ISSN 2063-5346
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R. Azizaha*, Juliana Binti Jalaludina,b, Mohd Talib Latifa,c, AhmadFarizHjMohamedd,Saliza Mohd Eliasa,b, ArifSumantrie,MuhammadAddinRizaldif,Nadya SalmaPrahutamif,Ahmad Ruhardig
» doi: 10.48047/ecb/2023.12.12.113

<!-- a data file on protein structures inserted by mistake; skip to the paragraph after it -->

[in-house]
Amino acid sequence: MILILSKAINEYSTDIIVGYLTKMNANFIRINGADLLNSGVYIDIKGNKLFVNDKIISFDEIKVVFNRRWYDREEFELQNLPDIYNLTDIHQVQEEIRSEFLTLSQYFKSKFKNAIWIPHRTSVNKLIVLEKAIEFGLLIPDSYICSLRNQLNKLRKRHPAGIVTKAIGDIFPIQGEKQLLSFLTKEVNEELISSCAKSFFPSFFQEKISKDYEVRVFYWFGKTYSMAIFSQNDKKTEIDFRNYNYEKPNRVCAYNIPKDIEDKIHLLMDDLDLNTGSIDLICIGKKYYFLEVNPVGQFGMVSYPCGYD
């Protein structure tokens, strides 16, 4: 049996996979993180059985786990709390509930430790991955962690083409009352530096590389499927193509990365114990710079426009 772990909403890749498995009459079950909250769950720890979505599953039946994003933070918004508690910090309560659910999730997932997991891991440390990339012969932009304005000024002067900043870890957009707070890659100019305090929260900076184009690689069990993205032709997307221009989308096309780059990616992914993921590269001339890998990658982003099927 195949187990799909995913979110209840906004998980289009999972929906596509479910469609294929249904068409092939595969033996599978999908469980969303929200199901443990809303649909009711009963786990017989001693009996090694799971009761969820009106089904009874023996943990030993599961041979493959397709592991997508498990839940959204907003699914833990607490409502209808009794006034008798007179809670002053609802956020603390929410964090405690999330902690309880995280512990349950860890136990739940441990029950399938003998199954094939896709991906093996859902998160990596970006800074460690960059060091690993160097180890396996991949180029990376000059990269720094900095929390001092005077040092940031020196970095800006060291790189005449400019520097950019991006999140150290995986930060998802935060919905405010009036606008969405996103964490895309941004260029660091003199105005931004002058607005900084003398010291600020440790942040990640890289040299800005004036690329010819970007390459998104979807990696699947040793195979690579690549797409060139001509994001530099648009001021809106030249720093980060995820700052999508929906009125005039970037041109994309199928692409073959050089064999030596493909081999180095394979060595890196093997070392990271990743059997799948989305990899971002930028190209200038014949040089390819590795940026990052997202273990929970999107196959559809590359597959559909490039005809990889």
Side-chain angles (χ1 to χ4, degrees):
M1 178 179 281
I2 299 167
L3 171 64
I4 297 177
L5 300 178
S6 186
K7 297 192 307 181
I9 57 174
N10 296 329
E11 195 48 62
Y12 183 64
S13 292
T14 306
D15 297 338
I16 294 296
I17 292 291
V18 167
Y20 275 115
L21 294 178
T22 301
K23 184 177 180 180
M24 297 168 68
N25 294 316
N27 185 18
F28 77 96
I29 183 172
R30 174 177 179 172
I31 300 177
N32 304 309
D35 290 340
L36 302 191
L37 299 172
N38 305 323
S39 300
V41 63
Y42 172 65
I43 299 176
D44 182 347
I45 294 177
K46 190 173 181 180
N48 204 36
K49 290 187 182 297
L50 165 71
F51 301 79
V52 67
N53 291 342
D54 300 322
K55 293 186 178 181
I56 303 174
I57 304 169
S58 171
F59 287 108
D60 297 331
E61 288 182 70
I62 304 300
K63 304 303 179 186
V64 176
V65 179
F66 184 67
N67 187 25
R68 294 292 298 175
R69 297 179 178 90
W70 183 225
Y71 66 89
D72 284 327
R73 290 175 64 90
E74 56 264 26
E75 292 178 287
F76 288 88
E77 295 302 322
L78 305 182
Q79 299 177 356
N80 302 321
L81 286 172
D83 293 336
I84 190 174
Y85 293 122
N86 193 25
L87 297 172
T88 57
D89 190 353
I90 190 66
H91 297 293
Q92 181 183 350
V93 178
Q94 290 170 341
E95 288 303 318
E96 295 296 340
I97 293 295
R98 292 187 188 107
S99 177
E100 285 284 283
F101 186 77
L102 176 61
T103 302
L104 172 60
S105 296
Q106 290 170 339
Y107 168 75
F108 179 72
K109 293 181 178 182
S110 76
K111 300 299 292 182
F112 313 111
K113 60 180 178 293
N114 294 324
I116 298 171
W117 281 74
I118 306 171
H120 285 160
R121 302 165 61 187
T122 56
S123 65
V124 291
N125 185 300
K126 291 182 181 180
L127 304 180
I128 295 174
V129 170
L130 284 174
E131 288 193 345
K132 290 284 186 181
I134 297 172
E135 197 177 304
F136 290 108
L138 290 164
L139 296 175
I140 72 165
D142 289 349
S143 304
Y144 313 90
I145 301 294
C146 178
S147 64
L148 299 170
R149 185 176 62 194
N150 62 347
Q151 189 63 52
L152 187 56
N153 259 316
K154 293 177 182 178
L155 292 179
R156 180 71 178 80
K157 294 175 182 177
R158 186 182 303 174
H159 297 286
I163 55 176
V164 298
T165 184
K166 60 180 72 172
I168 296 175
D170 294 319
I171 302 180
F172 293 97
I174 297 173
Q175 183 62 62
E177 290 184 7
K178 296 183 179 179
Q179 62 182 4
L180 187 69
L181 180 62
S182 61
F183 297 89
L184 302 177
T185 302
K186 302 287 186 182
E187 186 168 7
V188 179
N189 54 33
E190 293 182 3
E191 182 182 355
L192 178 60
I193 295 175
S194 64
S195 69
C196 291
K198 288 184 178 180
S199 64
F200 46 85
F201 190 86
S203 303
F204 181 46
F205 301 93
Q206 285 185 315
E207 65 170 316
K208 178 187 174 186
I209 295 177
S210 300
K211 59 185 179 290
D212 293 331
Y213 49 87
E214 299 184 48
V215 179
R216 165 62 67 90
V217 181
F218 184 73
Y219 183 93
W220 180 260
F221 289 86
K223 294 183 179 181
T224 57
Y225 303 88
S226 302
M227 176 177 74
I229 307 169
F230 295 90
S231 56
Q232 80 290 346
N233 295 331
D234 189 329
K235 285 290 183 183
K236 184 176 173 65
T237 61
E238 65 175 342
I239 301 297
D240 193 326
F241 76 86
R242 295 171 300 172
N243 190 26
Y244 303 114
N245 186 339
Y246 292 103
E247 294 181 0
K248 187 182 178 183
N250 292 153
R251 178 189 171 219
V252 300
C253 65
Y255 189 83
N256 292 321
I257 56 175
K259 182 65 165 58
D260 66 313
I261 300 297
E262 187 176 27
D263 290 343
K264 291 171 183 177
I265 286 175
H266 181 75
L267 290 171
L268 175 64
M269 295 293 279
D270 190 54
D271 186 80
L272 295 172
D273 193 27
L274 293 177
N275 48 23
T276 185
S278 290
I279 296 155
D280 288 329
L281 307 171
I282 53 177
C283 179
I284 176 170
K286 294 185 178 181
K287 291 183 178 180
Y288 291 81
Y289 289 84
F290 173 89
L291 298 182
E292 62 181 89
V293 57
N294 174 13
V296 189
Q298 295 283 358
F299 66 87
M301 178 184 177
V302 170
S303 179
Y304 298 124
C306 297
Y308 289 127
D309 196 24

Indonesia is the second country with the second largest plastic waste in the world after China. In Indonesia, plastic waste ranks second (17.97%) in the waste composition. Plastic waste that does not decompose perfectly will form microplastics that are harmful to the aquatic and terrestrial environments. The study used quantitative methods by conducting a cross-sectional study with survey methods to people who contributed in six coastal areas in Banyuwangi with 222 respondents. The survey uses Likert-scale questionnaires. Survey Data will be analyzed using SmartPLS 4 software to see the effect between variables. The results of the analysis showed that the evaluation of the measurement model includes the value of the loading factor (outer loading) above 0.70 is 0.909, Cronbach alpha composite reliability above 0.70 is 0.964, and Convergent validity with AVE size above 0,50 is 0,788. Waste banks significantly affect sustainable beaches by 27.6%, waste banks significantly affect coastal waste by 94.2%, and coastal waste affects sustainable beaches by 63.4%.The highest influence value is the influence of waste banks on the coastal waste 94.2%, meaning that if in the coastal environment, there is coastal Waste Management in the form of waste banks, it will be able to minimize the amount of waste on the beach, thus will get a sustainable beach. Sustainable beaches will experience environmental sustainability, economic sustainability, and social sustainability. One solution for reducing coastal waste is to develop waste banks on the beach.

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